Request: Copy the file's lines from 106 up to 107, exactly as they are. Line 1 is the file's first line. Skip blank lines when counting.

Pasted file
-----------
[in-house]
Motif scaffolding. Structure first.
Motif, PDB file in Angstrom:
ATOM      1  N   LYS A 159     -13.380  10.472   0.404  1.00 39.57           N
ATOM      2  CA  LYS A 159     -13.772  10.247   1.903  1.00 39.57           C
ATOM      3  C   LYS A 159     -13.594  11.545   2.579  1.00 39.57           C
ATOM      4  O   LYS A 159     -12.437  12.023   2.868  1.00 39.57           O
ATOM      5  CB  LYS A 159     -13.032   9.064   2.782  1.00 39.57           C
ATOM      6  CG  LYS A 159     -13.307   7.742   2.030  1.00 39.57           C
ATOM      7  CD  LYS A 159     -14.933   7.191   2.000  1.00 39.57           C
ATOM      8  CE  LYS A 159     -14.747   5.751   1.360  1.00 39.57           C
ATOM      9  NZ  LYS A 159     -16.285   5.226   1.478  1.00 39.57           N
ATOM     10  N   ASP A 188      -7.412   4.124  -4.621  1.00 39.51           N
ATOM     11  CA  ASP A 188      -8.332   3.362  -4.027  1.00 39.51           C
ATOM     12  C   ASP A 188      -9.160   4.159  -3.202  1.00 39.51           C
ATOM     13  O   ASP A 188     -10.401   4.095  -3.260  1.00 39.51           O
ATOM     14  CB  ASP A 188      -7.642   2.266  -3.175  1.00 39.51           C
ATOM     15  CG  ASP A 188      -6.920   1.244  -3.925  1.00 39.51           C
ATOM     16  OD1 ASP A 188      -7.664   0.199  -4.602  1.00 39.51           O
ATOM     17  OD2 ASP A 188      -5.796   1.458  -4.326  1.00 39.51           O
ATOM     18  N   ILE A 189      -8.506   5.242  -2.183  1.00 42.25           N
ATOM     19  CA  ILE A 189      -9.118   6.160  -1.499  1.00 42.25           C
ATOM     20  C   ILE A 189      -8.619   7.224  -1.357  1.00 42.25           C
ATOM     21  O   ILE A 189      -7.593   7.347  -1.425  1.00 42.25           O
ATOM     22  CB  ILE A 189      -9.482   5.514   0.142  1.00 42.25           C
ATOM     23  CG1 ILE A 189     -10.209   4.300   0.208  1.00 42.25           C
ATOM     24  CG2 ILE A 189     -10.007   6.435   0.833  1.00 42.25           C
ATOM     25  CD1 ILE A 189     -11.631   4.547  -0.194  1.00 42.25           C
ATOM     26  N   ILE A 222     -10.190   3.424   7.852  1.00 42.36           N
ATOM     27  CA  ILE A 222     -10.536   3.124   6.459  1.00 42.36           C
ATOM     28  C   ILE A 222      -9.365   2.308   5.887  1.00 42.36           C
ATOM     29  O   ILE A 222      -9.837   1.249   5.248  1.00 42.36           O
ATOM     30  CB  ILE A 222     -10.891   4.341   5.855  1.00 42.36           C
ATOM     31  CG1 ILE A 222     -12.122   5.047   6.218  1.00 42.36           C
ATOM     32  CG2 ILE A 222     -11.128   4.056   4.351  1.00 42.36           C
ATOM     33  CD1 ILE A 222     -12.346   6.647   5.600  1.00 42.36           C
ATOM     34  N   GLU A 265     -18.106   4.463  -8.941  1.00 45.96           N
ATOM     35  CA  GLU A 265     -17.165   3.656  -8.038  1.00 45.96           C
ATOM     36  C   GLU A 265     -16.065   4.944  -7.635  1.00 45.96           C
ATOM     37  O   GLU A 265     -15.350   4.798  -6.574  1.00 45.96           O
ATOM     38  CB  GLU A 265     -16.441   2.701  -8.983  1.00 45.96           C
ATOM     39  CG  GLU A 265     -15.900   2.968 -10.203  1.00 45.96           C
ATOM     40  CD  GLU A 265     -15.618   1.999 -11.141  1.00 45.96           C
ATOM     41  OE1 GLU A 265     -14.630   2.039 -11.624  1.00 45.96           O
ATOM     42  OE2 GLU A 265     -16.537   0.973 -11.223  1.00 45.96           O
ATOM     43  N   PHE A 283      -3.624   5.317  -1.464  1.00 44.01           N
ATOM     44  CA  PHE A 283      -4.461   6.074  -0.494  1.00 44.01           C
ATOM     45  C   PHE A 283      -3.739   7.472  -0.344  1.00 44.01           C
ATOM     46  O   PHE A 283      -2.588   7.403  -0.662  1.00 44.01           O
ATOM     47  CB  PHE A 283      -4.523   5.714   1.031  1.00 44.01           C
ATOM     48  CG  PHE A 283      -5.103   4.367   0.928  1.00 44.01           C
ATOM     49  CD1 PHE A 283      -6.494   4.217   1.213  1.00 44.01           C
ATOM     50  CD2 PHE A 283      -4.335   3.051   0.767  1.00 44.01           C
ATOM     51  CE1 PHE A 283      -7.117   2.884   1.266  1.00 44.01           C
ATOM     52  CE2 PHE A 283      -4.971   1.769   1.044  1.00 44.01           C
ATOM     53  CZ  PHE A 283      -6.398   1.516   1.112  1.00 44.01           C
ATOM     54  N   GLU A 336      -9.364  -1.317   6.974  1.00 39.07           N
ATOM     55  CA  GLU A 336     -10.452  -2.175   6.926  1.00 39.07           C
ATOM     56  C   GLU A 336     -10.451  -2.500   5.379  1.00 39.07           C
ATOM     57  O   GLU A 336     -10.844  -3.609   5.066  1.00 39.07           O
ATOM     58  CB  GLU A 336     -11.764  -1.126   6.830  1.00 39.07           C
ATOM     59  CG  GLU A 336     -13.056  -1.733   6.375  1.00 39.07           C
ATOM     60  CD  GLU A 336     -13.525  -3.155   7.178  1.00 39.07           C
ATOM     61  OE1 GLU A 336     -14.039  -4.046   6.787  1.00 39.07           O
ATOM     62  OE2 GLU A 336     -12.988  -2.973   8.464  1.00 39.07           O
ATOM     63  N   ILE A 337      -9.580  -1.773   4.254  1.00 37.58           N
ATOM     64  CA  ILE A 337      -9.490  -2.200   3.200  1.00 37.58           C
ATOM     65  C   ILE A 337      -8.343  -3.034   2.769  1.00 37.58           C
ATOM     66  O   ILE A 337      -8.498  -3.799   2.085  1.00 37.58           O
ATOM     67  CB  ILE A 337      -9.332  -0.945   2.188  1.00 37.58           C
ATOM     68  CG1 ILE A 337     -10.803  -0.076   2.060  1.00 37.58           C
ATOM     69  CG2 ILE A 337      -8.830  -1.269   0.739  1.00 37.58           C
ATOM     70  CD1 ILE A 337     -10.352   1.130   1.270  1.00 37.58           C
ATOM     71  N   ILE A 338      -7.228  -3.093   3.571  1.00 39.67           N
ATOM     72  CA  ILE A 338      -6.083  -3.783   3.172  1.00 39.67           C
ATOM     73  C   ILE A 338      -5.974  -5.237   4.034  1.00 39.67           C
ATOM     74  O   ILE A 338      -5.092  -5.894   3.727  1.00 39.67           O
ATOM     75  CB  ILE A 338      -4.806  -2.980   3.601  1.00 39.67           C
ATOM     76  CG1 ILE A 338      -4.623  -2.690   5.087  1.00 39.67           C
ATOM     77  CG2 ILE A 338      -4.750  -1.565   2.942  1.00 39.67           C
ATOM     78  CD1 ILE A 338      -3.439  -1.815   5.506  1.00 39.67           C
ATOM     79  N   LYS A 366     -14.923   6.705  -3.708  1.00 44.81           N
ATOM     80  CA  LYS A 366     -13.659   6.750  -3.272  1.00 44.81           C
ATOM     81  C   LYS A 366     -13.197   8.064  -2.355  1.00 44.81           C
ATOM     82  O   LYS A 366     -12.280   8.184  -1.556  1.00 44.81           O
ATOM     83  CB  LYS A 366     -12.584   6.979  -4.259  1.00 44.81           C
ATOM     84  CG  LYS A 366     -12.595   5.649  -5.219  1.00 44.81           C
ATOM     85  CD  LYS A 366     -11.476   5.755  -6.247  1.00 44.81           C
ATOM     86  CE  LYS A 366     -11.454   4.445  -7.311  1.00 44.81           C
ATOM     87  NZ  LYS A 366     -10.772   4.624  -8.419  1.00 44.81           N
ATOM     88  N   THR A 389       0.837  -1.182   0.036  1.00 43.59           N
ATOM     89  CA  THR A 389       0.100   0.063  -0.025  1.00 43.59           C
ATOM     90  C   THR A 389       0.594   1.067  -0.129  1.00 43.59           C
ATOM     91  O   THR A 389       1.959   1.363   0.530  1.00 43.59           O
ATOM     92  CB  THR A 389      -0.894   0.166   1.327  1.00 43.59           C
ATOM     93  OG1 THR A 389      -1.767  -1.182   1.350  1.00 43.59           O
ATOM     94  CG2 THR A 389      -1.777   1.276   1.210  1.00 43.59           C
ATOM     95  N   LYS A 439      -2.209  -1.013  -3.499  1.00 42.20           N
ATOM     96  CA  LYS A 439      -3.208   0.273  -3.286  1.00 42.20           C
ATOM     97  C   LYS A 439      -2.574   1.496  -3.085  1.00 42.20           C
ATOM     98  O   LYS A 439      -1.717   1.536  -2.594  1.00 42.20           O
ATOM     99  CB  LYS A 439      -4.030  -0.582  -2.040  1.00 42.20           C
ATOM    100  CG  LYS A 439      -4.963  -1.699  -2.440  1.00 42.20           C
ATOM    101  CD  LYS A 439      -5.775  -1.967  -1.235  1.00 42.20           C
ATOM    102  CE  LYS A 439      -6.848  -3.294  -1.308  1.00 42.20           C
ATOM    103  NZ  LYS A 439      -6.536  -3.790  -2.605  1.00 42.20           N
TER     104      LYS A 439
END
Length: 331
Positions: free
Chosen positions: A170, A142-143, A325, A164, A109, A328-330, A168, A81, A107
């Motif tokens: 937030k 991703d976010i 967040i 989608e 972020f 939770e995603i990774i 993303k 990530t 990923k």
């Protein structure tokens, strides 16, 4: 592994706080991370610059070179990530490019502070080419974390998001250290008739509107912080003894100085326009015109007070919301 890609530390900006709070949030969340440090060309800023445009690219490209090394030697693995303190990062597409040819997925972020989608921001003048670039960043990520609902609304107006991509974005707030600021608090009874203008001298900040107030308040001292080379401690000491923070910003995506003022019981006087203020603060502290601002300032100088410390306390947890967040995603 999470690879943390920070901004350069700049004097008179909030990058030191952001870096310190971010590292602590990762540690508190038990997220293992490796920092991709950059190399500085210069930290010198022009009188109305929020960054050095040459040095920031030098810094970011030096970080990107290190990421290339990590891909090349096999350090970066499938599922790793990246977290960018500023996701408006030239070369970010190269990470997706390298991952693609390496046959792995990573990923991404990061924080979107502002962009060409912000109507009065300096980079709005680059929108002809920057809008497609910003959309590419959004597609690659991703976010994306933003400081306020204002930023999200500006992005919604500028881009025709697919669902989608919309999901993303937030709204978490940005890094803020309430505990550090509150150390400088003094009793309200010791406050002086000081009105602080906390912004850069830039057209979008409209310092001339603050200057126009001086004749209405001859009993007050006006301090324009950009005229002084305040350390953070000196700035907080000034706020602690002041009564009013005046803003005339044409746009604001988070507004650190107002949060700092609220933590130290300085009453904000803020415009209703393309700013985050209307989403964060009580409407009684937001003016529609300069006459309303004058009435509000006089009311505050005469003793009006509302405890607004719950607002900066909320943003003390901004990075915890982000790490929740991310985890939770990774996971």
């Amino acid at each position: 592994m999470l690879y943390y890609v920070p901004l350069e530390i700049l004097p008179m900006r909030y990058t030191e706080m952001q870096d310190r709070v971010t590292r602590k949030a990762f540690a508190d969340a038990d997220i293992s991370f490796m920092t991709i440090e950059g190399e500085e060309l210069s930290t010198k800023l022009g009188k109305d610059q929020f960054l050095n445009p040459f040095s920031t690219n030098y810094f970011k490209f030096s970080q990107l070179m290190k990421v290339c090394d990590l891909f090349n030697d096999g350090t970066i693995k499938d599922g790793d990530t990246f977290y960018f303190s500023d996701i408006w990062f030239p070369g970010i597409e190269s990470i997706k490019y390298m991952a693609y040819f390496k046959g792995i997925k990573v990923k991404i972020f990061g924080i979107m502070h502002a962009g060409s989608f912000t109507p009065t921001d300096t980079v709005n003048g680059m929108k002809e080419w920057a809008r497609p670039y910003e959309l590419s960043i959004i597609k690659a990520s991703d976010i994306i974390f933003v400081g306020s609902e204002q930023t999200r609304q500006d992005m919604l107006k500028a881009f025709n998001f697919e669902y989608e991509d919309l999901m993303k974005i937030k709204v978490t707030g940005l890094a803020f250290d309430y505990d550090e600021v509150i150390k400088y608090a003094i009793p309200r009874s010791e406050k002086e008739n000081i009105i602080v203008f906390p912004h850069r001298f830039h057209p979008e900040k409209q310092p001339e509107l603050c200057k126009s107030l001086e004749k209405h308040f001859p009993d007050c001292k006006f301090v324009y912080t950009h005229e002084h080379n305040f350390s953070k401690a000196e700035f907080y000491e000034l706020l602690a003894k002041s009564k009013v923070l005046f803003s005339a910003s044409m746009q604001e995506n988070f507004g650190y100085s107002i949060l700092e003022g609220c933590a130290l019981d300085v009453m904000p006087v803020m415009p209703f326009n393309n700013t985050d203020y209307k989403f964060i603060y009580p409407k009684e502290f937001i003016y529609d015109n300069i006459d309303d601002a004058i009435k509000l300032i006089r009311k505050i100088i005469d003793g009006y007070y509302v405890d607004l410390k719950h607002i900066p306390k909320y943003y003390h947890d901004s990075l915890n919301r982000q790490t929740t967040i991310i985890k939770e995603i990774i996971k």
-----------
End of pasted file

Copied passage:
ATOM    103  NZ  LYS A 439      -6.536  -3.790  -2.605  1.00 42.20           N
TER     104      LYS A 439